Political dithering not financing structure is still the investment killer

I was leading a round table discussion this week chewing over the global challenge of financing vital infrastructure projects in a post-economic downturn, risk-averse era. 

Despite global consensus behind the notion that economic and social growth stems from investment in decent transport, water, power and housing infrastructure, the projected global investment need of perhaps $57trillion by 2030 remains eye-watering.

Of course, sitting as we were in London, the discussion didn’t fail to note the scale of the infrastructure challenge facing the UK right now. In short, it is also immense. 

As I was reminded at another event the week before, hitting the targets set by the UK National Infrastructure Plan means that over the next couple of years annual infrastructure investment has to ramp up from the current rather pedestrian pace of around £18bn a year to something closer to £45bn.  

And with 65% of this expected to come from the private sector, the obvious question remains as to how the investment pace is going to be lifted? 

The answer of course, is that it almost certainly isn’t going to be. 

Back in the world of reality, while there is an appetite for investing and plenty of money around globally to invest, there simply are not sufficient “quality” projects – as the bankers might say – to enable the required investment levels to be met.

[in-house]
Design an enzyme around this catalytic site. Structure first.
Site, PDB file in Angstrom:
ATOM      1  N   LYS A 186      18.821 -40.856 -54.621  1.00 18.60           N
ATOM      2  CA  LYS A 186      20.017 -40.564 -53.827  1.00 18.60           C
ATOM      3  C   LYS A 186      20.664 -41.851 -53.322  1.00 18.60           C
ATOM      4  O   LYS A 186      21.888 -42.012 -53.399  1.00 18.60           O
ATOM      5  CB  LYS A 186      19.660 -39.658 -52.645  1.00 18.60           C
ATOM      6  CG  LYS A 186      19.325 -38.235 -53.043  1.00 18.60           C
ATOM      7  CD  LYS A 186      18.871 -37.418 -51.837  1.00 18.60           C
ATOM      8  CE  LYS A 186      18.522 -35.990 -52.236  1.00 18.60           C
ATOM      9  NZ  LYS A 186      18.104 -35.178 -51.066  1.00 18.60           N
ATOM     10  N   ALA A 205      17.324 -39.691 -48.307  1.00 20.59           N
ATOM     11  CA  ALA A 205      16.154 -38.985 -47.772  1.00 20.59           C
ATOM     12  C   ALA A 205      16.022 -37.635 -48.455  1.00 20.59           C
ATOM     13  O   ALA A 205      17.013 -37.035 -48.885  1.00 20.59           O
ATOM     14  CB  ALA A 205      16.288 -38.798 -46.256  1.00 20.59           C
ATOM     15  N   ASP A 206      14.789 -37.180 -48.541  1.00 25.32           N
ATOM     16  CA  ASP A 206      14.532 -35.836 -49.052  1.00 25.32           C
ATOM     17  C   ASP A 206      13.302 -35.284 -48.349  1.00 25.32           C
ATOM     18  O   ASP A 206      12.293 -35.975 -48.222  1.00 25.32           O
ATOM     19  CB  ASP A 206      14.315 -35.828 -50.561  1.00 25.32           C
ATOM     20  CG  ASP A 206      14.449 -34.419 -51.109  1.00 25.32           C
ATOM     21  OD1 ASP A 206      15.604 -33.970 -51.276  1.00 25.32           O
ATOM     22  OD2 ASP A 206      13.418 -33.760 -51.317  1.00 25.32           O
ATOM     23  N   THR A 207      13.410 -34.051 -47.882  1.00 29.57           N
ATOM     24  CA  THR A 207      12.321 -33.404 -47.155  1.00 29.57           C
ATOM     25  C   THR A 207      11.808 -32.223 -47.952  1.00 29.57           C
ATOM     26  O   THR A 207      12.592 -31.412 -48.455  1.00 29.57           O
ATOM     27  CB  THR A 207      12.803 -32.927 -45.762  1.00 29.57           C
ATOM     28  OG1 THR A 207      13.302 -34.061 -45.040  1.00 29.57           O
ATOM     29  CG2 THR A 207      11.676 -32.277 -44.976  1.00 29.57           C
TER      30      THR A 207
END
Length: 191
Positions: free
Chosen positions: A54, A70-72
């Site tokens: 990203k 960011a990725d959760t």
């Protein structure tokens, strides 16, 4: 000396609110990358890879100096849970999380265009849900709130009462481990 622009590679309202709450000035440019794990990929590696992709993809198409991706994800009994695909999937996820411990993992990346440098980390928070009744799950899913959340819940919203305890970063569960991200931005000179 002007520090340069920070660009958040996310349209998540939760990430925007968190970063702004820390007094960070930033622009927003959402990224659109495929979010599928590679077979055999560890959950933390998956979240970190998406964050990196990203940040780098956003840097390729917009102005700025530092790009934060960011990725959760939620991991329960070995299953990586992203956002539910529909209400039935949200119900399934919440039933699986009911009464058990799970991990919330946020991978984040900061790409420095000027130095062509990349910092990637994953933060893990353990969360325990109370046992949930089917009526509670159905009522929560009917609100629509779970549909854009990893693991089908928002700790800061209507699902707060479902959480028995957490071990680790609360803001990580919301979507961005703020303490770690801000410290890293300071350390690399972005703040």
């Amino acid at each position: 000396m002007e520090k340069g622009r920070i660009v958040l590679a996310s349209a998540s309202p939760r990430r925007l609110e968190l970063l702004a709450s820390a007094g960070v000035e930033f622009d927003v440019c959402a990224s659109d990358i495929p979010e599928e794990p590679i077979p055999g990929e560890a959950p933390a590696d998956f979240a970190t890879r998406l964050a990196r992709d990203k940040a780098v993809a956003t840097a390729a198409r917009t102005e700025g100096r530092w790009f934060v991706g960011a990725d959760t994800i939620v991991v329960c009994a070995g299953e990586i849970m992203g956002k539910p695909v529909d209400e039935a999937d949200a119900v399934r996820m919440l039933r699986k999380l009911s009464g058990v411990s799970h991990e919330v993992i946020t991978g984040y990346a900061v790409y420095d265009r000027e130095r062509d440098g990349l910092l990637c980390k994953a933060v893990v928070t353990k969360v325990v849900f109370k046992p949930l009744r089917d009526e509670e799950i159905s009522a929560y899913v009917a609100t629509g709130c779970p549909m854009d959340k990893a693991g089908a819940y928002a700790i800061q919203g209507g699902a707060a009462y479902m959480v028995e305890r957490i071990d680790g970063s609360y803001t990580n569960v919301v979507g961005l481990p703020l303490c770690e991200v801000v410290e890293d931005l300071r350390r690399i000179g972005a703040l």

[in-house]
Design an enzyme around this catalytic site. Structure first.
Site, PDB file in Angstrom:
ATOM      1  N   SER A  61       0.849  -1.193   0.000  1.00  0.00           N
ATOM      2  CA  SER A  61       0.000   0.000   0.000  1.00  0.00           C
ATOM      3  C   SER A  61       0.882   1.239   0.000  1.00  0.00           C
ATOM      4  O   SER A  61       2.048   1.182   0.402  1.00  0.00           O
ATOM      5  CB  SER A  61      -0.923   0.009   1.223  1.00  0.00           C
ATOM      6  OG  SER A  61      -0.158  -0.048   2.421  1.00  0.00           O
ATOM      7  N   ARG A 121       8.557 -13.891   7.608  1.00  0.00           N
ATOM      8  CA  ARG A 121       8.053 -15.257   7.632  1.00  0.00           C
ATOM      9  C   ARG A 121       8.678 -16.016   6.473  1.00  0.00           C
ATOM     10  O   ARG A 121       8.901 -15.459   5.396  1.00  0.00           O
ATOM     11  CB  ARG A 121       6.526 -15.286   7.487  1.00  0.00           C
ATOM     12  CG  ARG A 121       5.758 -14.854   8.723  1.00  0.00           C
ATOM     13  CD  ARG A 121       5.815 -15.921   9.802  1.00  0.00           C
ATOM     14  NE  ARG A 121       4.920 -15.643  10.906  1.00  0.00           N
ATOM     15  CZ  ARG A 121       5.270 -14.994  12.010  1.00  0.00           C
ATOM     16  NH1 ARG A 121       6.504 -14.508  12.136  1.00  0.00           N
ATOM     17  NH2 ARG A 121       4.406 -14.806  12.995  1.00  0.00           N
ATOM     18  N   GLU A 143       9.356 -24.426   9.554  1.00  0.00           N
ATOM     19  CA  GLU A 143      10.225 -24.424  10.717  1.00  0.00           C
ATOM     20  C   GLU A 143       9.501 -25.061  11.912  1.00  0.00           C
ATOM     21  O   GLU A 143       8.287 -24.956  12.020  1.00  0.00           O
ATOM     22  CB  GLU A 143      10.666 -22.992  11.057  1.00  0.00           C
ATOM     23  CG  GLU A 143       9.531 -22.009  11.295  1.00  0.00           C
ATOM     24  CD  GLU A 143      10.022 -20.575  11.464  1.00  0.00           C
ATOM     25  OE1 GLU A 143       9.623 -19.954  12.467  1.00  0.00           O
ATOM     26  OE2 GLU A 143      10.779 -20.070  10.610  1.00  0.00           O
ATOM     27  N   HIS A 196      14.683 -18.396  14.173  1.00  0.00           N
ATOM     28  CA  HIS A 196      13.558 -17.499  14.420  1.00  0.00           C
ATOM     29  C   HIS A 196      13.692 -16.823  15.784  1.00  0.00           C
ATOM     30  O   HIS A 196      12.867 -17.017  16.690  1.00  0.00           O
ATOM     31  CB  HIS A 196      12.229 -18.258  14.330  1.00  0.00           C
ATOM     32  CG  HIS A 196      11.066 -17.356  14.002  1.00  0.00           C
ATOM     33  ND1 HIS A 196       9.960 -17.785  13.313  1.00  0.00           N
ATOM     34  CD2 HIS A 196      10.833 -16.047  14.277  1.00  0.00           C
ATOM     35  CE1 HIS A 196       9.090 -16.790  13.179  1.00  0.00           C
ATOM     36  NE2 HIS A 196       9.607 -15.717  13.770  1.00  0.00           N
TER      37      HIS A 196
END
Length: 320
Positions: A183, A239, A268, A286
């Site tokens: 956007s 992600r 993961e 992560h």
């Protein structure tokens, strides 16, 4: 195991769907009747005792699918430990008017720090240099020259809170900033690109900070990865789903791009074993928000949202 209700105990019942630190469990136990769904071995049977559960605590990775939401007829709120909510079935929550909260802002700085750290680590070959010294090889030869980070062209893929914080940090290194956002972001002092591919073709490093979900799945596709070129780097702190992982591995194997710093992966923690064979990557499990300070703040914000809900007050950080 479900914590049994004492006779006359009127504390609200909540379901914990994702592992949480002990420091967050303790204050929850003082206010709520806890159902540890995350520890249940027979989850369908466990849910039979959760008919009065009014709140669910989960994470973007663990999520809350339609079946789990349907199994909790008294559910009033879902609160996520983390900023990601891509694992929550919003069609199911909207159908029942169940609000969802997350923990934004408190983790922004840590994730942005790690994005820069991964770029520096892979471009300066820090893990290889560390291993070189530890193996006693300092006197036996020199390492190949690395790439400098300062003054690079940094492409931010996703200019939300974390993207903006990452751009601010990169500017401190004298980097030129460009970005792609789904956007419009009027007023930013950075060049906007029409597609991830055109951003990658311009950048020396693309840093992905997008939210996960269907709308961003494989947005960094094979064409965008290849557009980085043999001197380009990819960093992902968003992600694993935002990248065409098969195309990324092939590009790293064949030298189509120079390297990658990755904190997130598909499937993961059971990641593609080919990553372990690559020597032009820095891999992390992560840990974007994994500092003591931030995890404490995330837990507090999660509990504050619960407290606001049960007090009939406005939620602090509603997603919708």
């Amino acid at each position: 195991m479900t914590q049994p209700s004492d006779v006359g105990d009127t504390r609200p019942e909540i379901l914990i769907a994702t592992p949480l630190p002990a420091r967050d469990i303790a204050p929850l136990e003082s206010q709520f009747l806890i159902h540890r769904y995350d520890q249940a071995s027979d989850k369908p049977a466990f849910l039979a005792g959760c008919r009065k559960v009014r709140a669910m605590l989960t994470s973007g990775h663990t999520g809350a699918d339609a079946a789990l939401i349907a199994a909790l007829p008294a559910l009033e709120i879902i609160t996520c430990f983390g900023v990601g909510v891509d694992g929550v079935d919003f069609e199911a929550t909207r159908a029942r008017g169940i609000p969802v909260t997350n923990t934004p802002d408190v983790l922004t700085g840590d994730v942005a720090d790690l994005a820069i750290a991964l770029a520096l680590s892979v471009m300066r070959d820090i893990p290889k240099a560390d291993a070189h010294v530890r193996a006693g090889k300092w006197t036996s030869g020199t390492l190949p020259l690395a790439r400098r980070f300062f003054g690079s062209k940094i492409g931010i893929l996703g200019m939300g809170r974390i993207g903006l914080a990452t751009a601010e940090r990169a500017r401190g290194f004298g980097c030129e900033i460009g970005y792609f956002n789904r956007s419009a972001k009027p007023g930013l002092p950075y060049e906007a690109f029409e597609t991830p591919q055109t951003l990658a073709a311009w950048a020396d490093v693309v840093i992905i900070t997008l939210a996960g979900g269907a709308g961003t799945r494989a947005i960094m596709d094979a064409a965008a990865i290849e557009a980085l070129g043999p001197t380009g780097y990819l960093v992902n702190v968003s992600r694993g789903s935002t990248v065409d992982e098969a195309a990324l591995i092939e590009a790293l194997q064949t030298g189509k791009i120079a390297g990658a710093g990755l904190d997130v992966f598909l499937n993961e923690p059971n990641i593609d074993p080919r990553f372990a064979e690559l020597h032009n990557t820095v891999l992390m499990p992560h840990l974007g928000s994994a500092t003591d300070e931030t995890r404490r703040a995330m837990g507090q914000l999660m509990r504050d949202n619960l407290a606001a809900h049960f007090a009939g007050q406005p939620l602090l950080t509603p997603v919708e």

By quality we are not talking about the project’s ability to deliver transport services or water supplies or power to the grid – although this certainly remains fundamental. In today’s risk-averse world, quality means the project’s ability to deliver a consistent return on investment with the right risk profile and over the right length of time. 

And that means potential investors being able to see where the funding is going to come from to repay the investment and having confidence that it will not suddenly change over the long term. 

Oh, how things have changed in the last 20 years since the days of the UK water and power privatisation, regulatory reform and private finance initiatives when, as London First chief executive Jo Valentine points out this week in Infrastructure Intelligence, global investors piled in to the UK to pay for the much-needed infrastructure upgrades. 

Not so today, where the current risk profile of many projects is such that potential investors are more likely to head for alternative destinations abroad.

Without question mistakes were made with the UK’s early forays into private investment for public assets. But that should not be used as a reason to cease pioneering. 

It is time government woke up and took the lead. Rather than ministers protesting that our road network is best off relying on public cash, they must surely embrace the fact that UK infrastructure will only be renewed - as we know it must be – with the involvement of private investment. 

One way or another, the consumer will pay.  Government‘s job is to provide the necessary leadership and support, take difficult decisions and make long term policy. 

It is, after all, dithering by politicians not project finance structures that kills off investment opportunity.

Antony Oliver is the editor of Infrastructure Intelligence.

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